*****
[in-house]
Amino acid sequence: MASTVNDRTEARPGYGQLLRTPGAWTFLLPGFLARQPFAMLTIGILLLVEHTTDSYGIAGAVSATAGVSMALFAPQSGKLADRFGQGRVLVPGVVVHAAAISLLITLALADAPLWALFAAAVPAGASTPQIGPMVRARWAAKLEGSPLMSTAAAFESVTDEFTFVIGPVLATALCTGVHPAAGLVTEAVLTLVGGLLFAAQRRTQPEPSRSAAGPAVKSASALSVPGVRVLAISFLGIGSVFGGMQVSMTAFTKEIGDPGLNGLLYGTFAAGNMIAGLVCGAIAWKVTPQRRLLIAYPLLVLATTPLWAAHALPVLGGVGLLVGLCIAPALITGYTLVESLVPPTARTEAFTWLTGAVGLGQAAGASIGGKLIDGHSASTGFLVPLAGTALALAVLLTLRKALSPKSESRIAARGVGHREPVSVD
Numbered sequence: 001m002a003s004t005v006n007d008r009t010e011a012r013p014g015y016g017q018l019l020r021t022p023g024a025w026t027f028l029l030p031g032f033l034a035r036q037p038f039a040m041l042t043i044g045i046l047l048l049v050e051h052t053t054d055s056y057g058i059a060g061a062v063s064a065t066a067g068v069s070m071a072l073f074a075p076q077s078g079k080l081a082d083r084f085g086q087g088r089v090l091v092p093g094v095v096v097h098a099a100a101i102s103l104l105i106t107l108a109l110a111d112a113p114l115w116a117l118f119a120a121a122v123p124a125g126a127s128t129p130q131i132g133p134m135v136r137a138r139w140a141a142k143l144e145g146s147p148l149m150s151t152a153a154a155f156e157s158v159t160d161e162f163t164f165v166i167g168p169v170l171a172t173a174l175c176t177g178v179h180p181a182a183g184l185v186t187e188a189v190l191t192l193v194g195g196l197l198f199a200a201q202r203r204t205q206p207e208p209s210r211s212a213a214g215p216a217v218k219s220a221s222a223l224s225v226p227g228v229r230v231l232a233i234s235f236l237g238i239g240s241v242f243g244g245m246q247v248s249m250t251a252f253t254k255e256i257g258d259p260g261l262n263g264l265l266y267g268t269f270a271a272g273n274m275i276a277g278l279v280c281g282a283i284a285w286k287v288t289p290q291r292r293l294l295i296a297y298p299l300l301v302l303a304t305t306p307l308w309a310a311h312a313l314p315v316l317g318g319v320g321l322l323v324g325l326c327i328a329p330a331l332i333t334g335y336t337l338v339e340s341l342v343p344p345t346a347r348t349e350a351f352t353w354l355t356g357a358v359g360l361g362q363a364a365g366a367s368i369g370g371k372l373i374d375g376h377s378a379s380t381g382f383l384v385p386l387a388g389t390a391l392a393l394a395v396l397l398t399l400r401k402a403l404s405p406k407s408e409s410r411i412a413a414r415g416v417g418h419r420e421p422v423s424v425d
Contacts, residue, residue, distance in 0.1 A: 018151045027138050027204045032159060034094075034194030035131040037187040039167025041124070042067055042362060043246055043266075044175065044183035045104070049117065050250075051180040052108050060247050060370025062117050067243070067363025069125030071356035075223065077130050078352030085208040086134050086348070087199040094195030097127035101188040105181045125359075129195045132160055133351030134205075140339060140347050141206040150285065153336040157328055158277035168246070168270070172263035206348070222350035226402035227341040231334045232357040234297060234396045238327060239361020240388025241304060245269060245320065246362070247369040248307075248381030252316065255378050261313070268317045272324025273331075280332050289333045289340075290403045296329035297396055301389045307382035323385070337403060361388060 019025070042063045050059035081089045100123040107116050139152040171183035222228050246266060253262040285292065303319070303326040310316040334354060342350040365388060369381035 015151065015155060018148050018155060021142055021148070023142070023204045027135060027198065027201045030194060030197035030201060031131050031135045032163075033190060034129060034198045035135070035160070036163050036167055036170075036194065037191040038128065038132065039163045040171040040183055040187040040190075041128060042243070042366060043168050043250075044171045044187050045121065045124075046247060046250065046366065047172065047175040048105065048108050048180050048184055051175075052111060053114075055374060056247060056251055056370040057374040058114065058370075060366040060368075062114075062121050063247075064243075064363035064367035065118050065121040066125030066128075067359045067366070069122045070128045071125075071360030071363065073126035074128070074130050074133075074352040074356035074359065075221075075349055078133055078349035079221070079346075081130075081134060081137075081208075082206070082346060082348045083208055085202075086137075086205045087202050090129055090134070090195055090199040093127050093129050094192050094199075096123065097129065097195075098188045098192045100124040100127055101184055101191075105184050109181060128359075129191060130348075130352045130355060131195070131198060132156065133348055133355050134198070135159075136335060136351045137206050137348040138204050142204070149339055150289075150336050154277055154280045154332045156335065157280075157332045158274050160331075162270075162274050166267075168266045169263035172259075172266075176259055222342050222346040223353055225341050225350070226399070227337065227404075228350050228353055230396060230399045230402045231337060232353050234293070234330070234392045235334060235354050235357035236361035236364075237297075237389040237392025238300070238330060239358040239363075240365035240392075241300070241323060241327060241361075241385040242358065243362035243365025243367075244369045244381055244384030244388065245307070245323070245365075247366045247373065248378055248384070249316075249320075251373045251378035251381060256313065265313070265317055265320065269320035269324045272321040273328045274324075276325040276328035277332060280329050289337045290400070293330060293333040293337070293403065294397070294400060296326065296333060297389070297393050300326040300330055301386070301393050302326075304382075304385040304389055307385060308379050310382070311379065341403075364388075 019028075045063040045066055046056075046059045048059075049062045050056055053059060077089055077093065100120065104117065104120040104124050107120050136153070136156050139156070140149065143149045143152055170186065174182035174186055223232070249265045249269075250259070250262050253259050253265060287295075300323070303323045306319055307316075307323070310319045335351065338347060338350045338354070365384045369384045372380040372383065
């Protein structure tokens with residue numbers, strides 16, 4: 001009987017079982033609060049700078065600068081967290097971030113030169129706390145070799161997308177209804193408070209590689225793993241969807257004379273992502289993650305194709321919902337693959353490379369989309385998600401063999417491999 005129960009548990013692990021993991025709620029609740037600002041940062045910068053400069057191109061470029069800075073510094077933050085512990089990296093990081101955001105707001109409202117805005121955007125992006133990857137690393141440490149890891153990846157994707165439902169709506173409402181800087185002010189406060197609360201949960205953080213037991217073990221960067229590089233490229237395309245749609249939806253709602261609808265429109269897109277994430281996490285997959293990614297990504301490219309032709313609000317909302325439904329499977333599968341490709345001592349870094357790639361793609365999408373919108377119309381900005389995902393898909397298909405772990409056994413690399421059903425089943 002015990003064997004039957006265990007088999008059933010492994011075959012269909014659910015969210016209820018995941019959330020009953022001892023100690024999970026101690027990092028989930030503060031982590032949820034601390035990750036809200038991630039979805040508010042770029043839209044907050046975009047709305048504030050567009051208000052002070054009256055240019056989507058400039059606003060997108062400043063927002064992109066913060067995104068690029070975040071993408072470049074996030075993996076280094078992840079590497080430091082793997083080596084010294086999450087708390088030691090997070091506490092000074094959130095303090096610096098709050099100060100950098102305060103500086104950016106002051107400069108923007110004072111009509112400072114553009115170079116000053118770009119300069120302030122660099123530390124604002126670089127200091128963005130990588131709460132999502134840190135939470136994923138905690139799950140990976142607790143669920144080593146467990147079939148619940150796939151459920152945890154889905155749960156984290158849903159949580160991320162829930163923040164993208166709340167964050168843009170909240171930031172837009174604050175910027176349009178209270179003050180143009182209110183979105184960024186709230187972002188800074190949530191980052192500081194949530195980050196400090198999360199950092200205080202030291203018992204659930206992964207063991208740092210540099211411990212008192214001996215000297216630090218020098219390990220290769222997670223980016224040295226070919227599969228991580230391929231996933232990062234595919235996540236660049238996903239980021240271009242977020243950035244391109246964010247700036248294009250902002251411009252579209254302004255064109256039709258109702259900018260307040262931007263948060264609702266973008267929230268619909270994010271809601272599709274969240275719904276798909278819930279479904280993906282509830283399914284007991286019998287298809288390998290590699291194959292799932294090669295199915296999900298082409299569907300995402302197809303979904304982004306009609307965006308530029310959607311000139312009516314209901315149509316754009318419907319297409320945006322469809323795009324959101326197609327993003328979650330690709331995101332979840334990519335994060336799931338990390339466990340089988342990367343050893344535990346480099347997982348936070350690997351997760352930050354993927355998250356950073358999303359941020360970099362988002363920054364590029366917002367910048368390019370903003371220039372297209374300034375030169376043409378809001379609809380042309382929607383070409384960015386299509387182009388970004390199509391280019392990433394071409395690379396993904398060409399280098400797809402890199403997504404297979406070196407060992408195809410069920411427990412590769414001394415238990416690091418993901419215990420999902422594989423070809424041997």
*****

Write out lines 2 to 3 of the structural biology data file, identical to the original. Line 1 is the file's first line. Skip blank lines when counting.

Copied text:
Amino acid sequence: MASTVNDRTEARPGYGQLLRTPGAWTFLLPGFLARQPFAMLTIGILLLVEHTTDSYGIAGAVSATAGVSMALFAPQSGKLADRFGQGRVLVPGVVVHAAAISLLITLALADAPLWALFAAAVPAGASTPQIGPMVRARWAAKLEGSPLMSTAAAFESVTDEFTFVIGPVLATALCTGVHPAAGLVTEAVLTLVGGLLFAAQRRTQPEPSRSAAGPAVKSASALSVPGVRVLAISFLGIGSVFGGMQVSMTAFTKEIGDPGLNGLLYGTFAAGNMIAGLVCGAIAWKVTPQRRLLIAYPLLVLATTPLWAAHALPVLGGVGLLVGLCIAPALITGYTLVESLVPPTARTEAFTWLTGAVGLGQAAGASIGGKLIDGHSASTGFLVPLAGTALALAVLLTLRKALSPKSESRIAARGVGHREPVSVD
Numbered sequence: 001m002a003s004t005v006n007d008r009t010e011a012r013p014g015y016g017q018l019l020r021t022p023g024a025w026t027f028l029l030p031g032f033l034a035r036q037p038f039a040m041l042t043i044g045i046l047l048l049v050e051h052t053t054d055s056y057g058i059a060g061a062v063s064a065t066a067g068v069s070m071a072l073f074a075p076q077s078g079k080l081a082d083r084f085g086q087g088r089v090l091v092p093g094v095v096v097h098a099a100a101i102s103l104l105i106t107l108a109l110a111d112a113p114l115w116a117l118f119a120a121a122v123p124a125g126a127s128t129p130q131i132g133p134m135v136r137a138r139w140a141a142k143l144e145g146s147p148l149m150s151t152a153a154a155f156e157s158v159t160d161e162f163t164f165v166i167g168p169v170l171a172t173a174l175c176t177g178v179h180p181a182a183g184l185v186t187e188a189v190l191t192l193v194g195g196l197l198f199a200a201q202r203r204t205q206p207e208p209s210r211s212a213a214g215p216a217v218k219s220a221s222a223l224s225v226p227g228v229r230v231l232a233i234s235f236l237g238i239g240s241v242f243g244g245m246q247v248s249m250t251a252f253t254k255e256i257g258d259p260g261l262n263g264l265l266y267g268t269f270a271a272g273n274m275i276a277g278l279v280c281g282a283i284a285w286k287v288t289p290q291r292r293l294l295i296a297y298p299l300l301v302l303a304t305t306p307l308w309a310a311h312a313l314p315v316l317g318g319v320g321l322l323v324g325l326c327i328a329p330a331l332i333t334g335y336t337l338v339e340s341l342v343p344p345t346a347r348t349e350a351f352t353w354l355t356g357a358v359g360l361g362q363a364a365g366a367s368i369g370g371k372l373i374d375g376h377s378a379s380t381g382f383l384v385p386l387a388g389t390a391l392a393l394a395v396l397l398t399l400r401k402a403l404s405p406k407s408e409s410r411i412a413a414r415g416v417g418h419r420e421p422v423s424v425d